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Some House Republicans are pushing back on former President Trump’s criticism of a recent plan the conference hatched to avert a government shutdown that already seems to be in trouble.

“A very important deadline is approaching at the end of the month. Republicans in Congress can and must defund all aspects of Crooked Joe Biden’s weaponized Government that refuses to close the Border, and treats half the Country as Enemies of the State,” Trump wrote on social media shortly after news broke of the plan. 

“This is also the last chance to defund these political prosecutions against me and other Patriots. They failed on the debt limit, but they must not fail now. Use the power of the purse and defend the Country!” the former president continued. 

Some House Republicans have vowed to try to use the appropriations process to reduce funding for agencies like the Justice Department and the FBI, accusing the federal government of “weaponization” them in light of the former president’s legal woes. 

But while many House Republicans agree with the president’s sentiment — and have supported him throughout his four indictments — they also say they stand behind the framework deal.

“He would’ve made the same call,” conservative Rep. Ralph Norman (R-S.C.) said Thursday, arguing “this will put us in a position to use leverage that he’s talking about.”

Others seemed to brush off the former president’s recent call, as internal negotiations in the GOP conference heat up just days from a looming shutdown deadline.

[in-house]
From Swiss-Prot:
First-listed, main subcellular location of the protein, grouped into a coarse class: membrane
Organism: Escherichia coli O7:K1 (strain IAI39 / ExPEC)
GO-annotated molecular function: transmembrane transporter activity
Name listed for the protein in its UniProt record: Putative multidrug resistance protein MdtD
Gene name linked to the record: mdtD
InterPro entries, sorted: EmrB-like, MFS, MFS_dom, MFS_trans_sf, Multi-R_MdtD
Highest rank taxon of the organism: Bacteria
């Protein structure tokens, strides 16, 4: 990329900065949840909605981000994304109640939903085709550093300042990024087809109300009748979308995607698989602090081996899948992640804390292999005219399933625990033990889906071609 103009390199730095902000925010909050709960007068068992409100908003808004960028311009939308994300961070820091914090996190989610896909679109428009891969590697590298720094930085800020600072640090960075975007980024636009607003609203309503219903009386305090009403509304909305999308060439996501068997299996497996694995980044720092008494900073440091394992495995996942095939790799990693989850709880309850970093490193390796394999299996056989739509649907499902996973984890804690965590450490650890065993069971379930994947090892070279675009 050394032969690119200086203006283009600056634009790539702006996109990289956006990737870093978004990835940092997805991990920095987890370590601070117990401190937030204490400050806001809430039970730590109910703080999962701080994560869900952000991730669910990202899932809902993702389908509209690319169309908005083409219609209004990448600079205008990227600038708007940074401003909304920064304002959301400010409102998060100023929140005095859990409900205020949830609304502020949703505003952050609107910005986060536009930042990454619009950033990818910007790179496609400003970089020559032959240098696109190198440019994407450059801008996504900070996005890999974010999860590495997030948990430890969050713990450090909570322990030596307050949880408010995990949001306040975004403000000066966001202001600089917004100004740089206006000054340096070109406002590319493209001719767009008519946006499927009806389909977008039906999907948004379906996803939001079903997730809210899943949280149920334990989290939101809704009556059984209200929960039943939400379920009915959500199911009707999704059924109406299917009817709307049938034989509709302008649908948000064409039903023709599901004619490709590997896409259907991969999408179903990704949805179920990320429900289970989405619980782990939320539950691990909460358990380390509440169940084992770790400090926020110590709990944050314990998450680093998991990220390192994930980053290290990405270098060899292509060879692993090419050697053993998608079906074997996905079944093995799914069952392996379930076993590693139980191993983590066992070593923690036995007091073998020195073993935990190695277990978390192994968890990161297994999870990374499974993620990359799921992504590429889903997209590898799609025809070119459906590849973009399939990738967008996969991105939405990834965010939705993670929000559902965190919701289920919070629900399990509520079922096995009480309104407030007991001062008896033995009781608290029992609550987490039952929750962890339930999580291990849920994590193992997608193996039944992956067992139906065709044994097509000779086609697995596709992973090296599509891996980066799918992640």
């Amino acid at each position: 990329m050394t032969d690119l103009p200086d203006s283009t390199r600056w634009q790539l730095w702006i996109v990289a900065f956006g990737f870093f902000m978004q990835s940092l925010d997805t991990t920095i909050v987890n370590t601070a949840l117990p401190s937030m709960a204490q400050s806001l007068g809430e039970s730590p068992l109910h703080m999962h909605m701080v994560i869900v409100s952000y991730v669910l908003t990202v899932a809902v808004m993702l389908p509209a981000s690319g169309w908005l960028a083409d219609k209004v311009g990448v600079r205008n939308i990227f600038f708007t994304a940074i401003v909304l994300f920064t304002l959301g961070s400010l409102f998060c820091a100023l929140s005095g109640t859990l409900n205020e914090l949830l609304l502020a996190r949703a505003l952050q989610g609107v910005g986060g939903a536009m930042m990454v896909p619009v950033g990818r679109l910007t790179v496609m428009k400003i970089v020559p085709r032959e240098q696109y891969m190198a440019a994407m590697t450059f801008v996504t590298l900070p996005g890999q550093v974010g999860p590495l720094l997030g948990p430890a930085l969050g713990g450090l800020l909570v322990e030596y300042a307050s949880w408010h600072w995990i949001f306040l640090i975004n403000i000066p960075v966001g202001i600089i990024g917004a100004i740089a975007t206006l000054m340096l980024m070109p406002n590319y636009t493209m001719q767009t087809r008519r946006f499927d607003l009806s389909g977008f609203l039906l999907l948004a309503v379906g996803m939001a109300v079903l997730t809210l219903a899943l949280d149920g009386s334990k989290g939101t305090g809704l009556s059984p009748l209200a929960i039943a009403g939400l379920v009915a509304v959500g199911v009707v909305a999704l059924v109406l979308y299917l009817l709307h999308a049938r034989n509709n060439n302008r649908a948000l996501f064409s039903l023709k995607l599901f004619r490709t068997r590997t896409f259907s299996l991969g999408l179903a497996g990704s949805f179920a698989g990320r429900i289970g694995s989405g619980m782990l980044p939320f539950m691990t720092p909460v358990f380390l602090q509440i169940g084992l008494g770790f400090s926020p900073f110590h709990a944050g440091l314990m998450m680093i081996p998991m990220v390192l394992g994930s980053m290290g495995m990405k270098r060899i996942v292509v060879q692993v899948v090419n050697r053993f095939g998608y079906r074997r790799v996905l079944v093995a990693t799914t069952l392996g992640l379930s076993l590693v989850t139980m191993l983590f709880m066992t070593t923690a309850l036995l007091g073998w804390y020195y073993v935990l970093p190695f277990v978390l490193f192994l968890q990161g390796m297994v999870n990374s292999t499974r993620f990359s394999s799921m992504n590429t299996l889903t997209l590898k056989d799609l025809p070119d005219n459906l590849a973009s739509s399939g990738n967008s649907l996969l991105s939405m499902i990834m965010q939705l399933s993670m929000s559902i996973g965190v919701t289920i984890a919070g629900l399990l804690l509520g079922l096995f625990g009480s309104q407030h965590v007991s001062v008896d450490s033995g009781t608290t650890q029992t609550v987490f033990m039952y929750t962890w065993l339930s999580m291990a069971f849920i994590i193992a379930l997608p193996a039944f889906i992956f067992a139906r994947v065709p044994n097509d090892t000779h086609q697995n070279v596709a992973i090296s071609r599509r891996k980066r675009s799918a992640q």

“He’s not here we are. We need to deal with our business in this house,” moderate Rep. David Joyce (R-Ohio) said Thursday. “And the mechanics of it are such that the only way we can continue on is to do a CR because we’re not going to be able to get all the appropriations bills passed by the end of the month.”

“This conference has focused on trying to get our appropriations bills done that we have crafted in the appropriations process,” Rep. Drew Ferguson (R-Ga.) said. Asked about the impact the president has amid GOP spending talks, the congressman added, “I think House Republicans are focused on the business of House Republicans.”

Republicans appeared to hit a breakthrough in talks late Wednesday as members voiced optimism about the conference progressing toward a deal to prevent the first government funding lapse in years. But by Thursday enough conservatives had lined up against the proposal to sink it.

The partisan plan, which is considered dead on arrival in the upper chamber, called for spending cuts and changes to border policy, while kicking the Sept. 30 shutdown deadline through next month to allow time for negotiators to hash out a larger deal on how to fund the government for fiscal year 2024.

Discussing Trump’s comments on Thursday, Rep. Ben Cline (R-Va.), who serves on the Appropriations Committee, said he thinks the conference is “working to remove the woke and weaponized government from the DOJ.”

“And as a member of the Appropriations Subcommittee on CJS, I’m acutely aware of the need to do that,” he said, referring to the subcomittee that oversees funding for the DOJ among other agencies. 

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